DR. MACDANIELS: My impression was that the trees were starving to death.
Cutting down the competition with the weeds and feeding them nitrate
would help.

DR. MCKAY: I think most members felt there that the trees were probably
crowding each other.

MR. BECKER: They had never borne, had they?

MR. WILKINSON: I don't like to comment on it. My opinion is it's due to
the undergrowth under the trees. Keeping the circulation of the air to
the roots of the trees has an effect on its non-bearing. Up until they
quit cultivating and pasturing the orchard, it bore, but after they
quit, production stopped. There is a two- or three-year growth of grass
and weeds, a mat on the ground, and I think it's a lack of air to the
roots of the trees.

DR. MCKAY: Mr. Wilkinson, I heard the question raised as to whether the
orchard had ever produced heavily or not. Can you answer that?

MR. WILKINSON: Yes, it certainly did for several years. As long as it
was cared for, it was a heavy producer.

DR. MCKAY: How long ago was that, could you say?

MR. WILKINSON: That's been eight years and farther back. Nothing has
been done for it in the past eight years.

MR. BEST: May I make a comment? Last year in our part of the country,
which is a little bit west of the orchard we are talking about, we had
almost zero weather in November before the leaves were off of the trees,
and I felt that that took all the buds off our trees. We didn't have any
nuts even on varieties that would bear every year. There are hardly any.
And I think that cold freeze in the fall before the buds really got
ready for it did a lot of damage.

DR. MACDANIEL: I believe that was a factor in the light walnut crop in
that area last year, though some trees did bear.

DR. MCKAY: Of course, I think many of us fail to realize that a tree is
a thing that's confined to one spot, and when it fills the ground with
feeding roots and mines the soil of all nutrients near it, it's stymied,
so to speak, until we give it some more food. Isn't that right, Dr.
Crane.

DR. CRANE: That's right.

DR. MCKAY: And trees, when they reach out as far as they can and can't
get any more food and no more leaves are allowed to fall on the ground,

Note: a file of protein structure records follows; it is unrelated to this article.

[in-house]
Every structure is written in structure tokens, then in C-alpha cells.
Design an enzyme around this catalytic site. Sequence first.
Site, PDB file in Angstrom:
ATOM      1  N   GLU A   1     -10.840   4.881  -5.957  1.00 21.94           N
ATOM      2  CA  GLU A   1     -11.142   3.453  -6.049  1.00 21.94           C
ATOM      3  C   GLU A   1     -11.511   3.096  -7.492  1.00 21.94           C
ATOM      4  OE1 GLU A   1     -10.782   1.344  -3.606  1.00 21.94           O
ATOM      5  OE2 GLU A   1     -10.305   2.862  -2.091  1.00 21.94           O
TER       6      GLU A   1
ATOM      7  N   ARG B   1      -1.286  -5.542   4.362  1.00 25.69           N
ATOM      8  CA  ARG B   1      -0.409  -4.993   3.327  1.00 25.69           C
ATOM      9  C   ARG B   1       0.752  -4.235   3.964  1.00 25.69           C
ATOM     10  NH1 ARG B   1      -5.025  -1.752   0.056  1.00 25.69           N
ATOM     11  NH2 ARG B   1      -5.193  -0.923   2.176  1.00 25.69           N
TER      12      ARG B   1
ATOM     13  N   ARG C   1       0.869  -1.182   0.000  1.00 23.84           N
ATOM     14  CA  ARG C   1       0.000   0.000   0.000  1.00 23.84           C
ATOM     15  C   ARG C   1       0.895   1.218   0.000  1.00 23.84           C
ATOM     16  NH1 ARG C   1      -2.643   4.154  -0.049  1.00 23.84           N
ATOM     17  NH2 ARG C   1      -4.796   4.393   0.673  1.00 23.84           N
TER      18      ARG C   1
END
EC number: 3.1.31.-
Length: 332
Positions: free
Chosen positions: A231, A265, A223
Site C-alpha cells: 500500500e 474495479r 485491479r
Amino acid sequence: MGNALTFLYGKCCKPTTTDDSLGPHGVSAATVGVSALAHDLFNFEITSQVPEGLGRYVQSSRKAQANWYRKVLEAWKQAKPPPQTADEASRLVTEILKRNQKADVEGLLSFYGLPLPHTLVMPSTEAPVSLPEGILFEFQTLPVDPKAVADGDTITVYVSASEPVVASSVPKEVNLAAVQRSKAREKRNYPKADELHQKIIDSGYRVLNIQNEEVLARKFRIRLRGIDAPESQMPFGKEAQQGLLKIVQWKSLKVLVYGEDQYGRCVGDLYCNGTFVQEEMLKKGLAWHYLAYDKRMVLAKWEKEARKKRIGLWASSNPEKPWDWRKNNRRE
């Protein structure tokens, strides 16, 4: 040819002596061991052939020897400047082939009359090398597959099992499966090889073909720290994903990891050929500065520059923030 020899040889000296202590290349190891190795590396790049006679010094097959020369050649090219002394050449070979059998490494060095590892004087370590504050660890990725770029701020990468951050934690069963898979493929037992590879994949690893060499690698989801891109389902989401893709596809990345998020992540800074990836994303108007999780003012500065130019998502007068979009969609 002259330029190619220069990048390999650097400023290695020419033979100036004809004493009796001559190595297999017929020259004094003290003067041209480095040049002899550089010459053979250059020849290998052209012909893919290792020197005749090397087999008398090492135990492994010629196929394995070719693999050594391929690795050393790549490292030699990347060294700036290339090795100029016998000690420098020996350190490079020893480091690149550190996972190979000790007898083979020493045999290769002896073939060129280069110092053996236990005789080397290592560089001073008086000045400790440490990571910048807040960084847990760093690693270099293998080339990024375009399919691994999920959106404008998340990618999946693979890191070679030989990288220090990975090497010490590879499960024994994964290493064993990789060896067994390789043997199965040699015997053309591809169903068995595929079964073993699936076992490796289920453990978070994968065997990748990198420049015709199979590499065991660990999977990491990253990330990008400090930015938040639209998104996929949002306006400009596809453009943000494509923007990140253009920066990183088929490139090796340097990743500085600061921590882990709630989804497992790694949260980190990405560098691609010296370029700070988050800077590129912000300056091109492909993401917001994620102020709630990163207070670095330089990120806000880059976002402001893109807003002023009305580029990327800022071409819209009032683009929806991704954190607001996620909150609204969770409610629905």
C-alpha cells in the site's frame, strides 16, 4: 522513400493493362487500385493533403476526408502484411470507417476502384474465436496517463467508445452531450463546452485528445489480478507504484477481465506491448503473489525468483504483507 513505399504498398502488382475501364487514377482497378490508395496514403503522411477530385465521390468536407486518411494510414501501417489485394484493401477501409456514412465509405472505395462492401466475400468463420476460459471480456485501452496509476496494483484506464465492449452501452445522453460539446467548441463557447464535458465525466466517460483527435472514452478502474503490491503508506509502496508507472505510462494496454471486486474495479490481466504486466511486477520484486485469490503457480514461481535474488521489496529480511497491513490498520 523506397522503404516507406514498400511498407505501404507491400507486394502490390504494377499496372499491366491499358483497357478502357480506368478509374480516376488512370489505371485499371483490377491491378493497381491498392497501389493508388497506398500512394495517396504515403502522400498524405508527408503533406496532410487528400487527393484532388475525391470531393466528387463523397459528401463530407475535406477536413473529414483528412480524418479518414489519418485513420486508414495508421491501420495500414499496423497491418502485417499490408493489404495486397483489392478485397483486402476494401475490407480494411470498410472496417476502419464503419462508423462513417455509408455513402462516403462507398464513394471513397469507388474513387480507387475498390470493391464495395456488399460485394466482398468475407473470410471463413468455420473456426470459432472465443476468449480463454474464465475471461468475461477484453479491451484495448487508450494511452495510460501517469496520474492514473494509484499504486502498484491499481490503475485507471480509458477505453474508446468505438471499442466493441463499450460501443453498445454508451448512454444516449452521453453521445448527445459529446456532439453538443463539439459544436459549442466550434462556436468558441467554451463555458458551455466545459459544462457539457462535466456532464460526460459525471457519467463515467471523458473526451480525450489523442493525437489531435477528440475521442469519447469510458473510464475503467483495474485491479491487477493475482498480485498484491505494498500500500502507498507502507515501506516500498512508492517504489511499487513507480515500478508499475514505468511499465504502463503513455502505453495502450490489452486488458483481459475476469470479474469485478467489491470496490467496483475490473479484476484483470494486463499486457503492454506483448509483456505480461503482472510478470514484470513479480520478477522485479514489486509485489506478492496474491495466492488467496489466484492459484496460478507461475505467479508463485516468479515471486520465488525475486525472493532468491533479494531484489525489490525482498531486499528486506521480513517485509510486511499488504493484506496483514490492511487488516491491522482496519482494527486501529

nature doesn't add any nutrients anymore, naturally, those trees are in
a bad way and will continue to be until fertilizer is applied in some
way.

A MEMBER: I'd like to trim my Persian walnuts so I can walk under the
lowest limb. Does that have an adverse effect upon the bearing of the
tree?

MR. BERNATH: I don't think that's good, to trim them too high. I think
the lower the tree the better it handles all along. Take the fruit
growers, they aim to have the trees as low as possible to make picking
and spraying easy. If you prune a tree, especially the Persian walnut,
too much, it will have a bad effect on the tree.

DR. McKAY: What about the effect on bearing?

MR. BERNATH: You won't have fruit for several years until the tree
recovers what it has lost in foliage.

MR. KINTZEL: I have followed the orchards in California, and I have
noticed they follow the practice of leaving the lower branches on the
trees, and I have noticed that the lower branches have a lot of nuts on
them, also. The branches are hanging down on the ground.

MR. KERR: In France and Germany, they are crazy to get wood, and so they
cut off all the low limbs. I have a Persian walnut that is beside the
walk, and they cut off the low limbs because they hit the sidewalk. This
year I got a tremendous crop.

MR. SILVIS: I think this man has a tree that he wants to walk under.
Under these circumstances he can cut off the low limbs. I agree with Mr.
Bernath, however, that it will reduce the crop for two or three years.

MR. BERNATH: Yes, but he should start pruning when the tree is young. A
tree is just like a child: you have to start to train them while they
are young.

MR. STOKE: You must consider the tree at all ages. In the young tree Mr.
Bernath is right, it will produce sooner if you leave all the leaves on.
But we must consider the mature tree. The branches that are low to the
ground have to have the sunlight and if they do not get it they become
practically barren during later years. If the lower branches are cut
back when they are young and the tree headed higher, the Persian walnut
will have a trunk, say, 10 feet to 14 feet to the first limb, but these
will produce walnuts ultimately. I think the gentleman is right in
having the tree pruned high enough to walk under, and he will get more
nuts in the long run than if he lets the lower limbs develop and then
eventually cut them down.

DR. MACDANIEL: We had an example of that with that huge black walnut tree
with black walnuts starting out 30 feet in the air arching down and
touching the ground. But you wouldn't want to do that immediately with a
young tree, take all the branches up so high.

A MEMBER: Do you have any control for the stink bug on filberts?

DR. MCKAY: We haven't worked with the control of stink bug, because it
is what might be classed as one of our minor problems. The damage is not
so great but what we can overlook it at the present time.

DR. CRANE: In pecan and almond growing in California the effective
control measure for stink bug is the elimination of the host plants on